I wanted the documentary to be a chronicle of the centenary as well as a look at Elizabeth’s life. We began by interviewing members of the International Secular Franciscan Council from all over the world, who were having their chapter meeting in Rome that same week. These members from Canada, Venezuela and the island of Mauritius in the Indian Ocean, are men and women living in he world who are devoted to realizing the ideals of St. Francis in their daily lives.

In the interviews we shot on the grounds of the convent belonging to the Angeline Franciscan sisters, they told us how they were inspired by St. Elizabeth, one of the earliest Franciscan penitents, who was herself a wife and mother living in the world, and who became known as the “mother of the poor” in the Thuringian territory in Germany where her husband ruled. After his death, Elizabeth put on the religious habit and made her life a holocaust of service to the sick, poor and lepers, until she died in 1231. Amazingly, she was only twenty-four years old at the time of her death. Our interviewees spoke of the example of Elizabeth’s marriage and her commitment to social justice; they proved beyond a doubt that her example is still vital in today’s world.

My brother also shot video of the historical conference. (I only wish he could have missed the moment when I tripped and almost fell off the podium at the end of my talk). The day after the conference was the inauguration of a traveling art exhibit on St. Elizabeth at the basilica.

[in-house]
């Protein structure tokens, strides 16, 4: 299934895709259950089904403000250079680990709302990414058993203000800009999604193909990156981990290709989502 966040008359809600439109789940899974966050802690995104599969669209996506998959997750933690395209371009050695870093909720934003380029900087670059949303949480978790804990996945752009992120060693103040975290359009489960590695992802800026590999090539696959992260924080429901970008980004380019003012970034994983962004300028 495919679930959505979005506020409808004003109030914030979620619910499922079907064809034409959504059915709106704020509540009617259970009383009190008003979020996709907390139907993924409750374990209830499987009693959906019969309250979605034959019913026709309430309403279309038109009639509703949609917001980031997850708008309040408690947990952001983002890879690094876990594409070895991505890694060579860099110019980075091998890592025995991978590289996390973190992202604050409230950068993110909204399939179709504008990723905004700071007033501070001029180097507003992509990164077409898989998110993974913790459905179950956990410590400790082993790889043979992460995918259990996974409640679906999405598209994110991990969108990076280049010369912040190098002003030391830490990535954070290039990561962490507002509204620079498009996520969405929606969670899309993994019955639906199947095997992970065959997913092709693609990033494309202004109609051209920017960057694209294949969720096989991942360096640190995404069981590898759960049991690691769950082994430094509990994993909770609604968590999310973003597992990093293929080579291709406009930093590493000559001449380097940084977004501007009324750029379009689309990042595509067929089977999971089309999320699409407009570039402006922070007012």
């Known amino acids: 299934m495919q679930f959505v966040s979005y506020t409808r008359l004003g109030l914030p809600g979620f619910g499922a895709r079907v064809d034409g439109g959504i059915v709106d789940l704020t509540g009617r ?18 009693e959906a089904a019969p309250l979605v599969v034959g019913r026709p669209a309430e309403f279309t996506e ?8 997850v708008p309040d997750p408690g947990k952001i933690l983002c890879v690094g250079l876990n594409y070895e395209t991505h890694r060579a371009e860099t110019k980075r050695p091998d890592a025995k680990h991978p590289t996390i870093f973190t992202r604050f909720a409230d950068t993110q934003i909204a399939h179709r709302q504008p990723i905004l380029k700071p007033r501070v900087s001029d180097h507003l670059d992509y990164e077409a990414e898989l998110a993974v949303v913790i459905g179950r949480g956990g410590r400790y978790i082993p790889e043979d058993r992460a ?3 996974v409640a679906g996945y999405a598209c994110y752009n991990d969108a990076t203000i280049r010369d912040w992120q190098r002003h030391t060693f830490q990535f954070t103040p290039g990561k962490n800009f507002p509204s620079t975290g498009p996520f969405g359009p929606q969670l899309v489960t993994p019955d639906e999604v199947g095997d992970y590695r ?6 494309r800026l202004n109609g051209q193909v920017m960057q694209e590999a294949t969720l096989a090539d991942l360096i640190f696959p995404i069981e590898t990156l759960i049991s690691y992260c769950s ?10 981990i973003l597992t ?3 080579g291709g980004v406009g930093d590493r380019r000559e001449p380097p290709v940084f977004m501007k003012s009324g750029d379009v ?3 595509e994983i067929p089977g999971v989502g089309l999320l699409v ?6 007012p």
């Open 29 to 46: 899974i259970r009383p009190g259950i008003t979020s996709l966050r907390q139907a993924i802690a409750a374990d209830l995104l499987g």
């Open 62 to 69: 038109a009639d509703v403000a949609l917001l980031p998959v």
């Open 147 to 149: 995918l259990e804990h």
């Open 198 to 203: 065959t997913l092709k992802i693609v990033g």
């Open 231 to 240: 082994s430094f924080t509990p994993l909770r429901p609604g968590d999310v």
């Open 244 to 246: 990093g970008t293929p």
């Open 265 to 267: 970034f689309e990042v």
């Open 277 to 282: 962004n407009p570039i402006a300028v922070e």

On that Saturday and the following days, the friars generously closed the basilica to visitors and allowed us to film our interviews with the scholars inside. When I say basilica, I mean a fifteen-hundred year-old church built from the ruins of a first-century A.D. Roman temple with a magnificent sixth-century mosaic of Cosmas and Damian with Christ and the Apostles in the apse. We also shot one interview in the sacristy, against a wall that once belonged to the Roman Forum. Talk about a colorful background!

We interviewed Matthias Werner, Professor of the University of Jena, near Eisenach, where Elizabeth lived, who has written a number of studies on her life. We also interviewed Fr. Salvador Cabot, TOR from Spain; Fr. Fernando Scocca, TOR, who helped organize the conference, and Fr. Lino Temperini, TOR, who teaches at the Franciscan University in Rome, the Antonianum. They told us how Elizabeth inspired them and discussed the historical controversies surrounding her life. Later, we also taped some of the visitors to the art exhibit, and some other footage inside and outside the basilica.

No time to tell you about the rest of our wonderful two weeks: about the sightseeing we did, our delicious meals at the trattorie on the Via Cavour; our visit to St. Peter’s basilica for one of the Pope’s Wednesday audiences; or my first visit to the catacombs and my re-acquaintance with their inspiring story of faith. But you can be sure we had a wonderful time.

I can’t wait to have the footage edited into a teaser trailer so we can continue our fundraising and put together the material on
Elizabeth’s life. I will continue to give updates, and once again, please remember us in your prayers.

Roma Eterna – Part III

I’m off to Rome again tomorrow for my participation in the historical conference on St. Elizabeth. I’ve had no time to write for the last few weeks, not even about the upcoming Oscars, partly because of yet another St. Elizabeth project I’m very excited about — I’m going to be shooting some video for a documentary on her! My brother Nick will be the cameraman. In fact, because of our schedule, we may miss the Oscar telecast altogether, but I don’t mind — this will be my first flm, and I’m very excited!

Also, because of the trip, lack of time, and overwhelming amount of spam, all comments will be collected and personally monitored for the time being, which means most likely nothing will post until I get back from Rome.

Until later, then — ciao!